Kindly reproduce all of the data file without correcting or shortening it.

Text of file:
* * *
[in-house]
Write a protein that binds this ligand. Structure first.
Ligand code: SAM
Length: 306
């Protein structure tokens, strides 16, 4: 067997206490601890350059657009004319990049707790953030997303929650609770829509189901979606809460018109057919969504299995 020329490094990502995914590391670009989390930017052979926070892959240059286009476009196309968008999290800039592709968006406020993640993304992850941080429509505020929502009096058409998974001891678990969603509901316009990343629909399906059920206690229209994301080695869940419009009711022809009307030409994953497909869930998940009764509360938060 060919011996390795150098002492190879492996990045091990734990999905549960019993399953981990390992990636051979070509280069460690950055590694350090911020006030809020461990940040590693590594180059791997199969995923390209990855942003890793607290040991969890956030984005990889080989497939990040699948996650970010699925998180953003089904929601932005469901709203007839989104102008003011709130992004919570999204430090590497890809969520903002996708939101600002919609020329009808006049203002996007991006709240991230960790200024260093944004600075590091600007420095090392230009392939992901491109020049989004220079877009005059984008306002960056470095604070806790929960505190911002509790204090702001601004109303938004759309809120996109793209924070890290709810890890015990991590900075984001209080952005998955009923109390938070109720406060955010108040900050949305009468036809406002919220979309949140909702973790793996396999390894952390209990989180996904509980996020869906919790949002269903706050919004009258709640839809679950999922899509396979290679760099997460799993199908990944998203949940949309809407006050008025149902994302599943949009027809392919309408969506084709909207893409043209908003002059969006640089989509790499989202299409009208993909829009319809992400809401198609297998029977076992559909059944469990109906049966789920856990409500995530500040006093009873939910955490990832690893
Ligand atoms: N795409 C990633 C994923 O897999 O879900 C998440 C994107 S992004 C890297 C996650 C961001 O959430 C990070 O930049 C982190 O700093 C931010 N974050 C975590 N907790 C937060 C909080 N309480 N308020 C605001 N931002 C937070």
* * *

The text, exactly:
[in-house]
Write a protein that binds this ligand. Structure first.
Ligand code: SAM
Length: 306
């Protein structure tokens, strides 16, 4: 067997206490601890350059657009004319990049707790953030997303929650609770829509189901979606809460018109057919969504299995 020329490094990502995914590391670009989390930017052979926070892959240059286009476009196309968008999290800039592709968006406020993640993304992850941080429509505020929502009096058409998974001891678990969603509901316009990343629909399906059920206690229209994301080695869940419009009711022809009307030409994953497909869930998940009764509360938060 060919011996390795150098002492190879492996990045091990734990999905549960019993399953981990390992990636051979070509280069460690950055590694350090911020006030809020461990940040590693590594180059791997199969995923390209990855942003890793607290040991969890956030984005990889080989497939990040699948996650970010699925998180953003089904929601932005469901709203007839989104102008003011709130992004919570999204430090590497890809969520903002996708939101600002919609020329009808006049203002996007991006709240991230960790200024260093944004600075590091600007420095090392230009392939992901491109020049989004220079877009005059984008306002960056470095604070806790929960505190911002509790204090702001601004109303938004759309809120996109793209924070890290709810890890015990991590900075984001209080952005998955009923109390938070109720406060955010108040900050949305009468036809406002919220979309949140909702973790793996396999390894952390209990989180996904509980996020869906919790949002269903706050919004009258709640839809679950999922899509396979290679760099997460799993199908990944998203949940949309809407006050008025149902994302599943949009027809392919309408969506084709909207893409043209908003002059969006640089989509790499989202299409009208993909829009319809992400809401198609297998029977076992559909059944469990109906049966789920856990409500995530500040006093009873939910955490990832690893
Ligand atoms: N795409 C990633 C994923 O897999 O879900 C998440 C994107 S992004 C890297 C996650 C961001 O959430 C990070 O930049 C982190 O700093 C931010 N974050 C975590 N907790 C937060 C909080 N309480 N308020 C605001 N931002 C937070």